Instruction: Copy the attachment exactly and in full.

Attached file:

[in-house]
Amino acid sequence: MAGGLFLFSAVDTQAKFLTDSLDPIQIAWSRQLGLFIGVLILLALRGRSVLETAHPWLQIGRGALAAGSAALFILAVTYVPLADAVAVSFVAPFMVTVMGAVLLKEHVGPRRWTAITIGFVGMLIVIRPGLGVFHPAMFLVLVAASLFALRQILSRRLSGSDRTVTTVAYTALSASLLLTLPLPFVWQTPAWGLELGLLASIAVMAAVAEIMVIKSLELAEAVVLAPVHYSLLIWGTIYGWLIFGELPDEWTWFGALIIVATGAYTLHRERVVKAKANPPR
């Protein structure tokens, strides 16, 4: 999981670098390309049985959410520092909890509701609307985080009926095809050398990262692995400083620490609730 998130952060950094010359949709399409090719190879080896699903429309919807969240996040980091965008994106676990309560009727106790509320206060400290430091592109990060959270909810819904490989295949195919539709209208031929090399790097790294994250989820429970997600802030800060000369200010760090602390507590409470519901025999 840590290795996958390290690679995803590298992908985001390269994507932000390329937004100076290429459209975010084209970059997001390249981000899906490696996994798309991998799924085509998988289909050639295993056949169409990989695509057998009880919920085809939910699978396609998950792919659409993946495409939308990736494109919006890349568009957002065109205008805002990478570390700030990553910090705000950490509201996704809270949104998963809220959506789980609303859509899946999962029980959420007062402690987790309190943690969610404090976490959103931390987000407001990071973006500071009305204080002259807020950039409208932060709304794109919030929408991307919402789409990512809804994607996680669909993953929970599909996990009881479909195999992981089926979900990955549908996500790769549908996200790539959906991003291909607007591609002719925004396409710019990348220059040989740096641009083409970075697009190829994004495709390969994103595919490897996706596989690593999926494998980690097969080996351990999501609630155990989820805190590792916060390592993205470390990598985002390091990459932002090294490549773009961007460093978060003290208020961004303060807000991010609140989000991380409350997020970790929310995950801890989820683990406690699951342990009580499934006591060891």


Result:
[in-house]
Amino acid sequence: MAGGLFLFSAVDTQAKFLTDSLDPIQIAWSRQLGLFIGVLILLALRGRSVLETAHPWLQIGRGALAAGSAALFILAVTYVPLADAVAVSFVAPFMVTVMGAVLLKEHVGPRRWTAITIGFVGMLIVIRPGLGVFHPAMFLVLVAASLFALRQILSRRLSGSDRTVTTVAYTALSASLLLTLPLPFVWQTPAWGLELGLLASIAVMAAVAEIMVIKSLELAEAVVLAPVHYSLLIWGTIYGWLIFGELPDEWTWFGALIIVATGAYTLHRERVVKAKANPPR
């Protein structure tokens, strides 16, 4: 999981670098390309049985959410520092909890509701609307985080009926095809050398990262692995400083620490609730 998130952060950094010359949709399409090719190879080896699903429309919807969240996040980091965008994106676990309560009727106790509320206060400290430091592109990060959270909810819904490989295949195919539709209208031929090399790097790294994250989820429970997600802030800060000369200010760090602390507590409470519901025999 840590290795996958390290690679995803590298992908985001390269994507932000390329937004100076290429459209975010084209970059997001390249981000899906490696996994798309991998799924085509998988289909050639295993056949169409990989695509057998009880919920085809939910699978396609998950792919659409993946495409939308990736494109919006890349568009957002065109205008805002990478570390700030990553910090705000950490509201996704809270949104998963809220959506789980609303859509899946999962029980959420007062402690987790309190943690969610404090976490959103931390987000407001990071973006500071009305204080002259807020950039409208932060709304794109919030929408991307919402789409990512809804994607996680669909993953929970599909996990009881479909195999992981089926979900990955549908996500790769549908996200790539959906991003291909607007591609002719925004396409710019990348220059040989740096641009083409970075697009190829994004495709390969994103595919490897996706596989690593999926494998980690097969080996351990999501609630155990989820805190590792916060390592993205470390990598985002390091990459932002090294490549773009961007460093978060003290208020961004303060807000991010609140989000991380409350997020970790929310995950801890989820683990406690699951342990009580499934006591060891």